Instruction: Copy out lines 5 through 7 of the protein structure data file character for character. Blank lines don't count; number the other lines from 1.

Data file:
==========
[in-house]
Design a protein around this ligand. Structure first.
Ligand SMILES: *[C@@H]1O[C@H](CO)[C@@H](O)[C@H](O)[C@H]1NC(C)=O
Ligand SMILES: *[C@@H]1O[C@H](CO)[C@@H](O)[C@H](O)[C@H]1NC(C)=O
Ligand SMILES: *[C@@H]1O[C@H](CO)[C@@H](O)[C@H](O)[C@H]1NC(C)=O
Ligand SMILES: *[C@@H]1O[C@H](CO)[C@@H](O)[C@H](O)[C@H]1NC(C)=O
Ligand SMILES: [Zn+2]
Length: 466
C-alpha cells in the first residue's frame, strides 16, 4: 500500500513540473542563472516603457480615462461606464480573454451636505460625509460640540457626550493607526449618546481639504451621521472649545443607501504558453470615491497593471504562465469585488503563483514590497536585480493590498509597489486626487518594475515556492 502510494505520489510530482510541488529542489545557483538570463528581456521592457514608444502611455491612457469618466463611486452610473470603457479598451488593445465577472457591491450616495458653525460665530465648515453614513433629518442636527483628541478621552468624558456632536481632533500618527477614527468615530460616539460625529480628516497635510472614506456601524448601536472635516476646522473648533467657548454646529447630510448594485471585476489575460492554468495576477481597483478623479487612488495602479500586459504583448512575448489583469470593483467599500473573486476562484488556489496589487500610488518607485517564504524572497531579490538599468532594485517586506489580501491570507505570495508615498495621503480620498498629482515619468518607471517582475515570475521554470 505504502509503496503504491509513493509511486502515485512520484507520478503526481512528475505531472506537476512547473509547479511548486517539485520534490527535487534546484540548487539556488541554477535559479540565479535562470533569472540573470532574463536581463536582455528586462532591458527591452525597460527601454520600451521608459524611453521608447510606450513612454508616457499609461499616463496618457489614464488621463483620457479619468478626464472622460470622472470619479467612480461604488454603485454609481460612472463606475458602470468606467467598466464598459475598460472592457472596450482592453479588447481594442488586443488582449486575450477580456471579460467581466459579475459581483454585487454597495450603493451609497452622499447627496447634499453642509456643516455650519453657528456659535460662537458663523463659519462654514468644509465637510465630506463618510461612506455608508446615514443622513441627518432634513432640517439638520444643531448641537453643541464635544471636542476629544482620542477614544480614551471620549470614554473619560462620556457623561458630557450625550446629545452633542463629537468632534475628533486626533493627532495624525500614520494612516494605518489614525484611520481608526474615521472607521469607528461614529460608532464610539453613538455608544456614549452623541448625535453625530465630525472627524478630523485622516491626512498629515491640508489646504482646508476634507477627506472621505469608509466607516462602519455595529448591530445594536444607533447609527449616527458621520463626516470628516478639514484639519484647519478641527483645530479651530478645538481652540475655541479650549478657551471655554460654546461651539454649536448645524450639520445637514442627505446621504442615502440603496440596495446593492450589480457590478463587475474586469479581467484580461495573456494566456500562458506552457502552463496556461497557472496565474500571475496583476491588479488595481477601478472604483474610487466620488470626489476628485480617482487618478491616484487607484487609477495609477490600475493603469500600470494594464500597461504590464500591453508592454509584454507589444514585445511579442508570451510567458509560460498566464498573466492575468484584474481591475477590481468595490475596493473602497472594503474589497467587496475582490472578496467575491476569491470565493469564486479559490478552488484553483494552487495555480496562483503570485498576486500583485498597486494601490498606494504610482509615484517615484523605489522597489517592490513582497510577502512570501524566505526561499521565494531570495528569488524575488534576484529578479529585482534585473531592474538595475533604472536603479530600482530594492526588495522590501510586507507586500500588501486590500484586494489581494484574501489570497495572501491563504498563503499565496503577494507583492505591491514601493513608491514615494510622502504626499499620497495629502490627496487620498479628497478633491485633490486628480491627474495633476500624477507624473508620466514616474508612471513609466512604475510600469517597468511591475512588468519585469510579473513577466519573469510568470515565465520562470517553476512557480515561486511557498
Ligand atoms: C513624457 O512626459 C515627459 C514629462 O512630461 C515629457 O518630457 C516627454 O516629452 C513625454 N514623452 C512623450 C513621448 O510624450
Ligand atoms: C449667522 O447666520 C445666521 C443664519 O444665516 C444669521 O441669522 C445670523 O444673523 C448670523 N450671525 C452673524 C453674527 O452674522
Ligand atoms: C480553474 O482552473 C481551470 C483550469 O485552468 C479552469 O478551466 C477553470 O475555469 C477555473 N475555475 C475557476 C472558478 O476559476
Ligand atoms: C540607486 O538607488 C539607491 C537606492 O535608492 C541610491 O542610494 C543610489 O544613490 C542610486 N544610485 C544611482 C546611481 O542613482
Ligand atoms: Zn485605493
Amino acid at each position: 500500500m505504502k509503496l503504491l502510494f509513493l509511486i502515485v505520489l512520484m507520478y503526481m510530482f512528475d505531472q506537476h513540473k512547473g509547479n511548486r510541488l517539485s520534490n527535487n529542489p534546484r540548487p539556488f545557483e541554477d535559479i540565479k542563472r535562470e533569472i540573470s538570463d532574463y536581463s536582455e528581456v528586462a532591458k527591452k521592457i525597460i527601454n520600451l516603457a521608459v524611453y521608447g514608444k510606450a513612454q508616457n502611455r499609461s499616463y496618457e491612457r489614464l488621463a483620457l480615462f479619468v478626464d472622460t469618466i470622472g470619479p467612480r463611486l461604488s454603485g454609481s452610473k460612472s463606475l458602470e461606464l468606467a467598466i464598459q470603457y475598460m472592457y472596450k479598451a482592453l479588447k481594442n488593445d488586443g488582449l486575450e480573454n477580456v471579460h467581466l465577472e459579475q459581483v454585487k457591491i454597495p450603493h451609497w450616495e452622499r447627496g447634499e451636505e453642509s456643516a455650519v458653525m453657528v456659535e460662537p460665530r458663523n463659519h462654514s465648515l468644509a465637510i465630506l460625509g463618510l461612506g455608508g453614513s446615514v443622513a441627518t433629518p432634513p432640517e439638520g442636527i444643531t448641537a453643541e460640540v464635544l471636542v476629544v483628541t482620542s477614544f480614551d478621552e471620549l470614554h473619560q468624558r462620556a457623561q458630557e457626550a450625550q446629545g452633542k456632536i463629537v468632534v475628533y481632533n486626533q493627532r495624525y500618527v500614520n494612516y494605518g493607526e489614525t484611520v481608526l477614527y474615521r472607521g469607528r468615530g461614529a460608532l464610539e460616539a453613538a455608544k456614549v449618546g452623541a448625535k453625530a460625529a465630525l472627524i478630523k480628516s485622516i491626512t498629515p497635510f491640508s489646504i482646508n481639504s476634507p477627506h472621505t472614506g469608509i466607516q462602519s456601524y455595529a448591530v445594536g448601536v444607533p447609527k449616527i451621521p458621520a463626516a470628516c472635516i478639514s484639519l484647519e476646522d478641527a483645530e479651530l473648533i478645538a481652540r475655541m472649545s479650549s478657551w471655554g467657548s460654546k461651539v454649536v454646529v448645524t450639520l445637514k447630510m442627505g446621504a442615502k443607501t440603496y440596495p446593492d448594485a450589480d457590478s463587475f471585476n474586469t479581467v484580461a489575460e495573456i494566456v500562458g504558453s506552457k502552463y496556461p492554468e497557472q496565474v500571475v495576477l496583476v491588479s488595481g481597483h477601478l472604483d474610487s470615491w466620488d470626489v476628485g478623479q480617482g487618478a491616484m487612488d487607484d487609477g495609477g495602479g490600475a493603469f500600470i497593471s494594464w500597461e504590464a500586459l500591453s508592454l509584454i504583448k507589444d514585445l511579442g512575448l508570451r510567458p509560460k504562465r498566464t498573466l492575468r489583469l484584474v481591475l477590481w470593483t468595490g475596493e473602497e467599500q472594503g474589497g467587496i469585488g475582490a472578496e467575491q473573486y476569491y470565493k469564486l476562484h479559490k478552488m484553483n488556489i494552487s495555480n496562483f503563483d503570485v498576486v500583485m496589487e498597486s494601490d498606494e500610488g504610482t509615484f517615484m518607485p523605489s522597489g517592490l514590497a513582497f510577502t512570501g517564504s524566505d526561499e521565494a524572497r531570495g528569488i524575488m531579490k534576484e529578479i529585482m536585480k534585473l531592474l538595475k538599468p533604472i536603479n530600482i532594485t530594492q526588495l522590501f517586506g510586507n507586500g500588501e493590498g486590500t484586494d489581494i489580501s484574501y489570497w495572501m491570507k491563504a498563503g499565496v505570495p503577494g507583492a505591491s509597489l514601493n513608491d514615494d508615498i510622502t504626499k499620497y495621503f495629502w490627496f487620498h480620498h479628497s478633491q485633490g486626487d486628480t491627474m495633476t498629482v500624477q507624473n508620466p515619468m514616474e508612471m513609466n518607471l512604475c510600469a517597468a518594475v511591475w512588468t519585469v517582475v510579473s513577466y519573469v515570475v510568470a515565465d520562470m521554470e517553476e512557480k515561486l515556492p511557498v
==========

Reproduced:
Ligand SMILES: *[C@@H]1O[C@H](CO)[C@@H](O)[C@H](O)[C@H]1NC(C)=O
Ligand SMILES: *[C@@H]1O[C@H](CO)[C@@H](O)[C@H](O)[C@H]1NC(C)=O
Ligand SMILES: [Zn+2]